"Right now our goal is to now focus more on outreach for the public because it does take individual habits to make a collective solution."

For instance, Halpert says air quality alerts aren’t just a warning for at-risk populations to stay indoors. They’re also a request for you, the public, to do your part.

"The same way we opt to recycle a plastic bottle, you can opt to fuel after dark, telework, avoid the drive through that one day, if you see it’s a high pollution advisory then that’s a good day to say, okay, I’ll change this habit."

The department runs programs like "Commit to one day," which aims to curb vehicle emissions by asking people to use public transit, carpool, or telework once a week. They also offer cash vouchers for swaps from gas lawn mowers to electric or battery powered mowers in hopes to limit ozone production.

And to combat particle pollution, the fireplace retrofit program gives residents the ability to replace wood burning fireplaces with natural gas log sets.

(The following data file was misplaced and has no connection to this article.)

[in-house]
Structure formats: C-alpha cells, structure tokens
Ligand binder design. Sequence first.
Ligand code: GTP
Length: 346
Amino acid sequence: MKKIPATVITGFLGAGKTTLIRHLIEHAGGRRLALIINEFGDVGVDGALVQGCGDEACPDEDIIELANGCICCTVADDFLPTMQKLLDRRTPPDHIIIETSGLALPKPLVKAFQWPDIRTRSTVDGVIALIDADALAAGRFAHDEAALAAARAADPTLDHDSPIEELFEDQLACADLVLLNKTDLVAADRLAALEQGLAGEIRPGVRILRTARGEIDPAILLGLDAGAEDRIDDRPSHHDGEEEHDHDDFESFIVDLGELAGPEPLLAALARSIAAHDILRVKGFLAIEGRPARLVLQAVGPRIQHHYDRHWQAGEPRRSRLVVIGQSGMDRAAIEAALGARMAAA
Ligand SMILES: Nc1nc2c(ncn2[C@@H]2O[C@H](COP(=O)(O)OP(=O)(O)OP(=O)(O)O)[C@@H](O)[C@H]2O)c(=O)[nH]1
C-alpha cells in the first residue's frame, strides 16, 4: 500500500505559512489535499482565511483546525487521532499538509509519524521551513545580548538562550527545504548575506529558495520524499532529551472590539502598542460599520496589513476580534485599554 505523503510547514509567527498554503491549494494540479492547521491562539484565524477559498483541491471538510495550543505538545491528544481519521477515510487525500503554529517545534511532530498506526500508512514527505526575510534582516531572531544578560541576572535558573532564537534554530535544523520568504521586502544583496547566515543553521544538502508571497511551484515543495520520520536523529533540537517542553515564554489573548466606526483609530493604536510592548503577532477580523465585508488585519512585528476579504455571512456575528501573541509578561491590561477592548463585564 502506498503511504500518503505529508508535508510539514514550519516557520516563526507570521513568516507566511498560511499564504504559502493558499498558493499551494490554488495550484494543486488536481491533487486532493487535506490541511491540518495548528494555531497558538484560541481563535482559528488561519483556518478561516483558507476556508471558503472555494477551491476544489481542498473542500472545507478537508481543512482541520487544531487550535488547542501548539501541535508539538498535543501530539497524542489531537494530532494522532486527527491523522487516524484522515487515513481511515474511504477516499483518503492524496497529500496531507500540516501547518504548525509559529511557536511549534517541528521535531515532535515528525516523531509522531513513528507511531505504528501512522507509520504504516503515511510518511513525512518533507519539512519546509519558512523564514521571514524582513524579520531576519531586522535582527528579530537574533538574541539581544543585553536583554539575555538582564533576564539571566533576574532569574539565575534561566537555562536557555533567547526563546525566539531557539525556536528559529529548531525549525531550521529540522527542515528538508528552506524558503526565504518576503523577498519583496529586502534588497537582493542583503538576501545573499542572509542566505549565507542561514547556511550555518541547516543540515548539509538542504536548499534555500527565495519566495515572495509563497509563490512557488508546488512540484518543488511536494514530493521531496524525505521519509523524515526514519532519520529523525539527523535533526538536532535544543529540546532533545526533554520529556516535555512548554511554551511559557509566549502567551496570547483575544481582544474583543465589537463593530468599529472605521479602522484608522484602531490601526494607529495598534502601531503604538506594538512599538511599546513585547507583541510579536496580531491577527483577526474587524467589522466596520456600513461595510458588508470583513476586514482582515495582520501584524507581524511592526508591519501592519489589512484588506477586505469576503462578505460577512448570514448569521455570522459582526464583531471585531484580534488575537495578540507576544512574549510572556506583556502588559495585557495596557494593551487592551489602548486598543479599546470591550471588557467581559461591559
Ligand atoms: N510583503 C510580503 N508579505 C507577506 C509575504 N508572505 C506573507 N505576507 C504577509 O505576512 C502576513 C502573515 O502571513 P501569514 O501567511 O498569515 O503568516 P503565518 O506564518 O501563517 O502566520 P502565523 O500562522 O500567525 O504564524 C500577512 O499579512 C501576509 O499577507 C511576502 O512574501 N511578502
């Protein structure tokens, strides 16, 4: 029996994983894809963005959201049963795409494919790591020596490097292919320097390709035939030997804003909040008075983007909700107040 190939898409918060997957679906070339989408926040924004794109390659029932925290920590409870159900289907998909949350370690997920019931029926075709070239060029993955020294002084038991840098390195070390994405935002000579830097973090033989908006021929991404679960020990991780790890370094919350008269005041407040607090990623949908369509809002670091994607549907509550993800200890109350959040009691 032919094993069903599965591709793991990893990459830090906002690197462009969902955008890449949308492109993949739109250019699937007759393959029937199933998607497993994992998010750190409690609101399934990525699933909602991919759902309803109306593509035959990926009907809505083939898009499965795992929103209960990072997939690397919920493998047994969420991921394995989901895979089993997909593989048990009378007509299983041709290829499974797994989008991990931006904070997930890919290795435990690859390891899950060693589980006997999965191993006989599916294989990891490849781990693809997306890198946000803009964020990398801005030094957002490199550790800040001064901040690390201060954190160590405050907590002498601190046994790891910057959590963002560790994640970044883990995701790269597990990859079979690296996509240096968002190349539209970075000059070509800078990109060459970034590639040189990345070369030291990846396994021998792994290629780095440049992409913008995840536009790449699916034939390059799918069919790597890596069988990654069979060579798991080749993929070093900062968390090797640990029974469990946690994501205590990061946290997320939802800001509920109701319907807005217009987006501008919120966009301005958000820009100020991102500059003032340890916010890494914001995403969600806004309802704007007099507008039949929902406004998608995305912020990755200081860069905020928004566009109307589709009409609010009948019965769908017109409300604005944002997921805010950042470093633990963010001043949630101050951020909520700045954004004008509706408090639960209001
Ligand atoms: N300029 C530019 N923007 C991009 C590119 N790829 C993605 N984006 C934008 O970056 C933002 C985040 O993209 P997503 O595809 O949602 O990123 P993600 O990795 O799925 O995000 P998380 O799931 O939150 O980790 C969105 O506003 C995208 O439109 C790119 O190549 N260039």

The efforts have worked.

"In the past 30 years, air quality has actually improved significantly because of increased regulation and awareness to the public. Our outreach programs, education, all of that."

But it’s not just individual changes. Legislation like the Clean Air Act have made a large dent in air quality issues across the country.

To ensure compliance with EPA guidelines, the Maricopa County Air Quality Department inspects businesses and enforces code throughout the year.

"We currently have pretty strict, or very strict, rules and regulations for businesses. We’re one of the most strict here in Maricopa County when it comes to pollution mainly because of our location, our population, all of that makes it so we have to be strict with our businesses," said Halpert.

Even with strict rules and regulations, the Phoenix area still fails to meet EPA requirements for ozone.

Just this September, the EPA reclassified the region’s level of failure as "moderate nonattainment," which tightens regulations on Maricopa County drivers and businesses.

In fact, it’s likely the county could shift into "serious nonattainment" by 2024, meaning even more strict and costly regulations.